Pimco CIO Bill Gross says now is a good time to add mortgage-backed securities to your portfolio.
“If the EU economies and the euro basically go down, the dollar goes up," Gross told CNBC. "It’s hard to see the Fed raising rates and thus reinforcing a higher and higher dollar making U.S. industries less and less competitive."
Moreover, Gross says, "next year the expectation is that if there is a QE3, it will be mortgage-directed, and it would pay holders to load up on mortgages before the Fed does."
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Gross believes that the Federal Reserve and other central banks such as the European Central Bank and the Bank of England will keep interest rates low for rates for three, four or five years.
|Pimco's Bill Gross
(Pimco file photo)
However, Gross doesn't believe the European Central Bank will become the "lender of last resort" to struggling European nations anytime soon.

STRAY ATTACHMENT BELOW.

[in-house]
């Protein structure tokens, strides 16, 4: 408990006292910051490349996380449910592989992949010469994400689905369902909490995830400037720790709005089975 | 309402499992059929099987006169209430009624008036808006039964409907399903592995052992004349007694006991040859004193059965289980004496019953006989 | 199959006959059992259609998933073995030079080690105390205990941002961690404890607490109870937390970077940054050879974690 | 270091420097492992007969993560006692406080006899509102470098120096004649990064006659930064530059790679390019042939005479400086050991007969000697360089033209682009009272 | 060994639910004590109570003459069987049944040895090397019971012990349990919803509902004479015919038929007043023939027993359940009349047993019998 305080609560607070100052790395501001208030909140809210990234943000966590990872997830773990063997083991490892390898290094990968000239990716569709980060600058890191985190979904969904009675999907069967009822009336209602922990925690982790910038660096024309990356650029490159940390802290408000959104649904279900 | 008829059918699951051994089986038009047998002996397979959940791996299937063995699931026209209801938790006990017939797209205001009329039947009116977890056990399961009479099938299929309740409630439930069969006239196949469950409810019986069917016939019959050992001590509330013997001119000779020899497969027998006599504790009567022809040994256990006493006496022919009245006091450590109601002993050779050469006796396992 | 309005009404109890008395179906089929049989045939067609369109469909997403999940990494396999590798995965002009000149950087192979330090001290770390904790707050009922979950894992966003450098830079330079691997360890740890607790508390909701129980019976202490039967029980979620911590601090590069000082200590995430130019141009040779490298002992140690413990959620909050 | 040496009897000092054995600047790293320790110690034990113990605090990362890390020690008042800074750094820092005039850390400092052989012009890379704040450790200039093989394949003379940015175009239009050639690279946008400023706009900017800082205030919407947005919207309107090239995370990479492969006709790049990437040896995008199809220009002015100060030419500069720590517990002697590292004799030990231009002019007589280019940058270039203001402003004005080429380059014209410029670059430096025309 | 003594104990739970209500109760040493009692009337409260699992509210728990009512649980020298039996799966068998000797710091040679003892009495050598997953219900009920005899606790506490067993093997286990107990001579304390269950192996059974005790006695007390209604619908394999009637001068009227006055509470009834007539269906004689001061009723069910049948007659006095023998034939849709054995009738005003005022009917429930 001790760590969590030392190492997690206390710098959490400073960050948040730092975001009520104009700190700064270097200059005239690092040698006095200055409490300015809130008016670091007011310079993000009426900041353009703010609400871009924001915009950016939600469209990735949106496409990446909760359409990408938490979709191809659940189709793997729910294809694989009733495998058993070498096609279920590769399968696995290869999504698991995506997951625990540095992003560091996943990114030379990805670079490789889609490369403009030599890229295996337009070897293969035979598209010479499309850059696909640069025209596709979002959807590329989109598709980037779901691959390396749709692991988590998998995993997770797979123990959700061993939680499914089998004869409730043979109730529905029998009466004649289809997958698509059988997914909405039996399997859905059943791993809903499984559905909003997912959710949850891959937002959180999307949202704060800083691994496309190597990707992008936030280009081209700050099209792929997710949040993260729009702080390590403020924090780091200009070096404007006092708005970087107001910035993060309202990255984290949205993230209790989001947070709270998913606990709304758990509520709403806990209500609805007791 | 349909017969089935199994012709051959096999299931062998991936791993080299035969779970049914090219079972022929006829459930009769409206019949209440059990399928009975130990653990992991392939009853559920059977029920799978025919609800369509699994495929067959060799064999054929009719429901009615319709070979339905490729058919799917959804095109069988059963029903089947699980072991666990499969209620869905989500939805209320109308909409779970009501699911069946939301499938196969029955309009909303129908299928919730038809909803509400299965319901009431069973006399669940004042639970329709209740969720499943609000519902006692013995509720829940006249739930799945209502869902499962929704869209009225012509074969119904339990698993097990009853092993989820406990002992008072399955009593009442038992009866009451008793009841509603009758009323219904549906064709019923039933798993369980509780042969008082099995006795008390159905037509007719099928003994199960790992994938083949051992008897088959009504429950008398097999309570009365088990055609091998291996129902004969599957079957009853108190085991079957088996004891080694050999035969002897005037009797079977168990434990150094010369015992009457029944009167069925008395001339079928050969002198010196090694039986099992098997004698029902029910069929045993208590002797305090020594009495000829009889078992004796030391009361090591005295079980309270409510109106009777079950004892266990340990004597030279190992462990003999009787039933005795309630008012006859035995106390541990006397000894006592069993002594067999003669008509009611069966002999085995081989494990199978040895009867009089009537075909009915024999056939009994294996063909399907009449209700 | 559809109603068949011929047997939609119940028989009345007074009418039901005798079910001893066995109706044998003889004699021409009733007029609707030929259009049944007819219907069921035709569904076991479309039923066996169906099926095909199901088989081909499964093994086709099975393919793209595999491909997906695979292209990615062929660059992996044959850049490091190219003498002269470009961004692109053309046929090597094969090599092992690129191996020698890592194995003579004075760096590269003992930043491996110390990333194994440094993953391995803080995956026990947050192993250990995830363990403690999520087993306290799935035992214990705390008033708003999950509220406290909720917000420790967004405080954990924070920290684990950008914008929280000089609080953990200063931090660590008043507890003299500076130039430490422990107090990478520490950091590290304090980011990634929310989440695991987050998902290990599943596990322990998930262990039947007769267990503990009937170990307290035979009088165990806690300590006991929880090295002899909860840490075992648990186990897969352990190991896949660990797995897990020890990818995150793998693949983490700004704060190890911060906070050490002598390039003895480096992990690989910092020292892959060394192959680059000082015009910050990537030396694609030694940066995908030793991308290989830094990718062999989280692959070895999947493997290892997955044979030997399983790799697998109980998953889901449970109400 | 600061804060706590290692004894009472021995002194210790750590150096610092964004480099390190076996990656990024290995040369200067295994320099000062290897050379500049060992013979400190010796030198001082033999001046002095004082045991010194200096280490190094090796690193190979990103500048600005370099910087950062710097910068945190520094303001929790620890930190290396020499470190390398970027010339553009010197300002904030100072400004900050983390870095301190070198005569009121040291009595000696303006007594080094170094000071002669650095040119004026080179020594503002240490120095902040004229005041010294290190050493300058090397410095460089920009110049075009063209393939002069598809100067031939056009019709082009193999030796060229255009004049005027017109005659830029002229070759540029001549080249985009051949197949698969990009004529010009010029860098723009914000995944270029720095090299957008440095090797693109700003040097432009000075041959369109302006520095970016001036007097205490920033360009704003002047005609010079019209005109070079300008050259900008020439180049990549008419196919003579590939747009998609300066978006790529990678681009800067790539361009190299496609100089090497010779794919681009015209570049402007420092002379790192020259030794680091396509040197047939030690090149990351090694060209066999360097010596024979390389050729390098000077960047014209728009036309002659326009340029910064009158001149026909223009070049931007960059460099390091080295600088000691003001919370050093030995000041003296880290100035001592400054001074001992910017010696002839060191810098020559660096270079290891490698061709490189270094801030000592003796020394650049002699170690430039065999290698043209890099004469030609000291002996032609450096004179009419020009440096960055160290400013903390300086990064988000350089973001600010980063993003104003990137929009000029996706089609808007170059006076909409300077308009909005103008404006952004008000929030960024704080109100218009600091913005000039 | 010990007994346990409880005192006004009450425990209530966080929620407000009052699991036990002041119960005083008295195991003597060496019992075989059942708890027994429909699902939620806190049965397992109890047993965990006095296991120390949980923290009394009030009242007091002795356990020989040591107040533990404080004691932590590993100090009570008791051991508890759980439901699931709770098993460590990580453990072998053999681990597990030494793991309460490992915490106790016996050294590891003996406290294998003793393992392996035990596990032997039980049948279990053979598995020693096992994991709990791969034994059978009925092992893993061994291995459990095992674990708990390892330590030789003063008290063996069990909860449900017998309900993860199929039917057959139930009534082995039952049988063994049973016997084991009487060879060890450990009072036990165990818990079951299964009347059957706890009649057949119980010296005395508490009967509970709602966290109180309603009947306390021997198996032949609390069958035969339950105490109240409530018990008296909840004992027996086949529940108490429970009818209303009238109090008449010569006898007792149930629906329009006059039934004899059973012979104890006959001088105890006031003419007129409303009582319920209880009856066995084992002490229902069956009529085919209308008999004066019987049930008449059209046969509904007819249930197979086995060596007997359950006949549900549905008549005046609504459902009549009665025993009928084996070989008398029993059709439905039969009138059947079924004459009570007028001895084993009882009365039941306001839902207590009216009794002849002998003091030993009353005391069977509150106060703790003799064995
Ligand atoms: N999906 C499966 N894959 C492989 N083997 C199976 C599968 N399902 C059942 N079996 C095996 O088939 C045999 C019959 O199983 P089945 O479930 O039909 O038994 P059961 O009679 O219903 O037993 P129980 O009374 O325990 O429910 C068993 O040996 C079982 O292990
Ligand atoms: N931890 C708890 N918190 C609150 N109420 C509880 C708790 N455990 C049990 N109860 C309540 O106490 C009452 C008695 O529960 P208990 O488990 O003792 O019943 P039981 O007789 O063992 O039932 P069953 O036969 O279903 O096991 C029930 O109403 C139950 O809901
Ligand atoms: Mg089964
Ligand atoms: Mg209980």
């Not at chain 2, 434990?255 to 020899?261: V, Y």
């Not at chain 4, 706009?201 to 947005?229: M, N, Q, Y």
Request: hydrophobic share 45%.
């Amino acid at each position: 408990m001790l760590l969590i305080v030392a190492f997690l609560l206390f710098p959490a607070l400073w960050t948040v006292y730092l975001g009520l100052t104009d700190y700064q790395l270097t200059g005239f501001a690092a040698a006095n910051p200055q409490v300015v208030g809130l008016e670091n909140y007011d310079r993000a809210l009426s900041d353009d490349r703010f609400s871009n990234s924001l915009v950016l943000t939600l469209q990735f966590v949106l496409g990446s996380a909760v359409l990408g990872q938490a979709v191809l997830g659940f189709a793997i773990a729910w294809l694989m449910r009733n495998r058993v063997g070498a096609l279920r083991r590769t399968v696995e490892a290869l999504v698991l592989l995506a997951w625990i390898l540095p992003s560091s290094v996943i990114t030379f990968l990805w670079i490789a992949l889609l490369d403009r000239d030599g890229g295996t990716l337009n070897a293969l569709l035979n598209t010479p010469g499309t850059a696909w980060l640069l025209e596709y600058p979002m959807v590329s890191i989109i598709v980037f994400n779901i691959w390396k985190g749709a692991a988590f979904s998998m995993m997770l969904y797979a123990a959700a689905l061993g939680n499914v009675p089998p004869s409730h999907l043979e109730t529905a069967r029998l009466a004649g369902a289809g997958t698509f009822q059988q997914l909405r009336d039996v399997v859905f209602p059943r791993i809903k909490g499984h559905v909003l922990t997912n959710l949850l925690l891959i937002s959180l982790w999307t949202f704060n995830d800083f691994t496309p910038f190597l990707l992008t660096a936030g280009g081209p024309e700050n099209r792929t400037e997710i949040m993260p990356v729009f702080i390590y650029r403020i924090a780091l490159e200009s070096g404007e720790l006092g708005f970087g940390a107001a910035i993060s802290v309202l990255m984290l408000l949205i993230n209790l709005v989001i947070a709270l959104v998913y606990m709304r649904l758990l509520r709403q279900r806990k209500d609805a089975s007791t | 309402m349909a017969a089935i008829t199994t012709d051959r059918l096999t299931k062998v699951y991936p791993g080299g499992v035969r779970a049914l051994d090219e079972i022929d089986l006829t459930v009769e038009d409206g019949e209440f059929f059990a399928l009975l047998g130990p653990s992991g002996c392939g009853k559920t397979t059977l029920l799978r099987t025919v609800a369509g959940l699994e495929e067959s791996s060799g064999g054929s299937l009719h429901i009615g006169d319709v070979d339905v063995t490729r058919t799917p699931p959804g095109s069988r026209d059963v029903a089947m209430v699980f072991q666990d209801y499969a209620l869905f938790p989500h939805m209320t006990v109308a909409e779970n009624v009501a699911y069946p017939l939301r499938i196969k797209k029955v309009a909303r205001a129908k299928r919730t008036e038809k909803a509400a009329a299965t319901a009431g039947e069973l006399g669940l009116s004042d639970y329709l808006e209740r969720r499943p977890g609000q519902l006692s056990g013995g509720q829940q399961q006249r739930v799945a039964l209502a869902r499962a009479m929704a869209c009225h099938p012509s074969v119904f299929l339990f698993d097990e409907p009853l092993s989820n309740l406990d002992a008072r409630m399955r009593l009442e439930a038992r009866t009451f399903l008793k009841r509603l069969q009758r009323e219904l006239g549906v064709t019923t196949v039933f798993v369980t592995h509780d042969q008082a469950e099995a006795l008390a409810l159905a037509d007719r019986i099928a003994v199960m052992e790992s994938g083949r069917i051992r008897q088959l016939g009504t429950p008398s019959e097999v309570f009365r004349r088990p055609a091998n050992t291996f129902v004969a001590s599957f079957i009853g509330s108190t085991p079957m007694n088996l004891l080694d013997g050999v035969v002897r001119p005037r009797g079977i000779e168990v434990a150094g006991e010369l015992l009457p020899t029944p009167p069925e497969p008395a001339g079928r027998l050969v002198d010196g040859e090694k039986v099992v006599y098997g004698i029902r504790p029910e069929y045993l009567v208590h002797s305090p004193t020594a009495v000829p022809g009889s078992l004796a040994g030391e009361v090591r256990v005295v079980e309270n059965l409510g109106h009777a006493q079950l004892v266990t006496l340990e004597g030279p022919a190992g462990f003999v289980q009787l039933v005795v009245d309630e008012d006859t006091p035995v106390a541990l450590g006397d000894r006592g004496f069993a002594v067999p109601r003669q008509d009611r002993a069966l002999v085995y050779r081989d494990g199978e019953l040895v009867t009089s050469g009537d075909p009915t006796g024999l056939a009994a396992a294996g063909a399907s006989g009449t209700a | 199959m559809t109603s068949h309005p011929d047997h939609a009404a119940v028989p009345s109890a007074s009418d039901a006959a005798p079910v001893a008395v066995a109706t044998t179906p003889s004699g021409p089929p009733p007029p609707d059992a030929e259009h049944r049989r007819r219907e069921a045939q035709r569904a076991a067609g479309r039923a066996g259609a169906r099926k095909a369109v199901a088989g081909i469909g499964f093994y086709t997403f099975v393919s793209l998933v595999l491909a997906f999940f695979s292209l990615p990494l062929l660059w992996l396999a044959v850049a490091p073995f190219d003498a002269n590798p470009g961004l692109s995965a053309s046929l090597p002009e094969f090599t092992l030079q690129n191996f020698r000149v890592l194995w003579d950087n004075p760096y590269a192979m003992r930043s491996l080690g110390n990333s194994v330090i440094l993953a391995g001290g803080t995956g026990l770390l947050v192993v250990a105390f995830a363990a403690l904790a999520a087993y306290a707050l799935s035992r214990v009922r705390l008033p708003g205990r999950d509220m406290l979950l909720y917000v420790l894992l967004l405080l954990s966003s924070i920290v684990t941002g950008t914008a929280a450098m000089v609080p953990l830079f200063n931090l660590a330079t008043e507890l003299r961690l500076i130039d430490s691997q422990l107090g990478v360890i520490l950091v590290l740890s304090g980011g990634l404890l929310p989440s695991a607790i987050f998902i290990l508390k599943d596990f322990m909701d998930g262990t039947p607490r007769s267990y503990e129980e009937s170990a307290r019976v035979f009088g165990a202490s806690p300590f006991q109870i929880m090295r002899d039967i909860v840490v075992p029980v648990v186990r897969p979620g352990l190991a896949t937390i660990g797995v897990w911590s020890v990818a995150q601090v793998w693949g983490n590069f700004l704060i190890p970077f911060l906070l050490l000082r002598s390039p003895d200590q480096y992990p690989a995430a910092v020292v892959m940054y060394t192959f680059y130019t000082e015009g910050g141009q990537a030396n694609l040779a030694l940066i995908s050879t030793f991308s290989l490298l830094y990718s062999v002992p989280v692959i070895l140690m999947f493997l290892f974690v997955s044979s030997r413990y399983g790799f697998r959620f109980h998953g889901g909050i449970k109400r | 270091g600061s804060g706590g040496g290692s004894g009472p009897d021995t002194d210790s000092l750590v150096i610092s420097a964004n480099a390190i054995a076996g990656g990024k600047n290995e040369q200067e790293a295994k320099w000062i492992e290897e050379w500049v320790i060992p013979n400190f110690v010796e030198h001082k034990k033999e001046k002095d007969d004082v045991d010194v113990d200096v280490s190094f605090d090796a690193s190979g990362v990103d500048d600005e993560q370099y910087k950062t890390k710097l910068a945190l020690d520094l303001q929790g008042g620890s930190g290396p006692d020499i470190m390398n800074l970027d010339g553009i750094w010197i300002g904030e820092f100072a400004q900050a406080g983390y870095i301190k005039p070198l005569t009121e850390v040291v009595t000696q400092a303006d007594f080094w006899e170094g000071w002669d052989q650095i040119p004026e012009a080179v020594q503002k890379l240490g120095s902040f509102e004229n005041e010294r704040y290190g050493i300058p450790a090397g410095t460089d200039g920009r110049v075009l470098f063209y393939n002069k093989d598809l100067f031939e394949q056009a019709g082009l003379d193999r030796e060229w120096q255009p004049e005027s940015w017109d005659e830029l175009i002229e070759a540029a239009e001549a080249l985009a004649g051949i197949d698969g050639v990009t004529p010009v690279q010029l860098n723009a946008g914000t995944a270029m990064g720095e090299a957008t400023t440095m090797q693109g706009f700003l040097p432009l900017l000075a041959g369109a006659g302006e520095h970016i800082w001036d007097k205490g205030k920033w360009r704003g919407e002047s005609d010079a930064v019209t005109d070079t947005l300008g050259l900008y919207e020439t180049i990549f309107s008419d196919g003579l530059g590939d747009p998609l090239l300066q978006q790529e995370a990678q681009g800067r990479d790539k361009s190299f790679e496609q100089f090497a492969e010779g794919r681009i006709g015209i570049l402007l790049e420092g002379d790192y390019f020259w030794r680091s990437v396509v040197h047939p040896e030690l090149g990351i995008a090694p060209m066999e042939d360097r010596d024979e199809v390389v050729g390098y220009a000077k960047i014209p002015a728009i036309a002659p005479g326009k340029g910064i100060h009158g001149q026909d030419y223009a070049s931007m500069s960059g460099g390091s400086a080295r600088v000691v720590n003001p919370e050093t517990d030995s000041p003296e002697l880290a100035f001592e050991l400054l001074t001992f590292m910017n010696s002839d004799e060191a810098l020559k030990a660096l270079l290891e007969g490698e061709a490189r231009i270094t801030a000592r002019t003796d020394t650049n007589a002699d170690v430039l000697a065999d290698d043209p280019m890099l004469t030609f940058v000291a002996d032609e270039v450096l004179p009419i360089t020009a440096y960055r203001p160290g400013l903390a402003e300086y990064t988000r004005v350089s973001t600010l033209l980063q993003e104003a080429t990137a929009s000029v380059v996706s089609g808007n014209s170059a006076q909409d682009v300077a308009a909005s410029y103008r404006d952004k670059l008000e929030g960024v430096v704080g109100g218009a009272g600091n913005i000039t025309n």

"We've waited for the ECB for a long time," says Gross, and the bank has made it clear it is "a central banker for banks, not a central bankers for countries" and would prefer that individual countries solve their problems through the European Union.
"They've been totally out of the marketplace," Gross says. However, if there is an additional crisis — such as in Italy and Spain, which he considers vulnerable to insolvency —then "perhaps" the central bank might step in to buy sovereign debt.
Business Week reports that Fitch Ratings has affirmed France’s AAA rating and placed Spain, Italy, Belgium, Slovenia, Ireland and Cyprus on a “Rating Watch Negative” review, which it expects to complete by the end of January.
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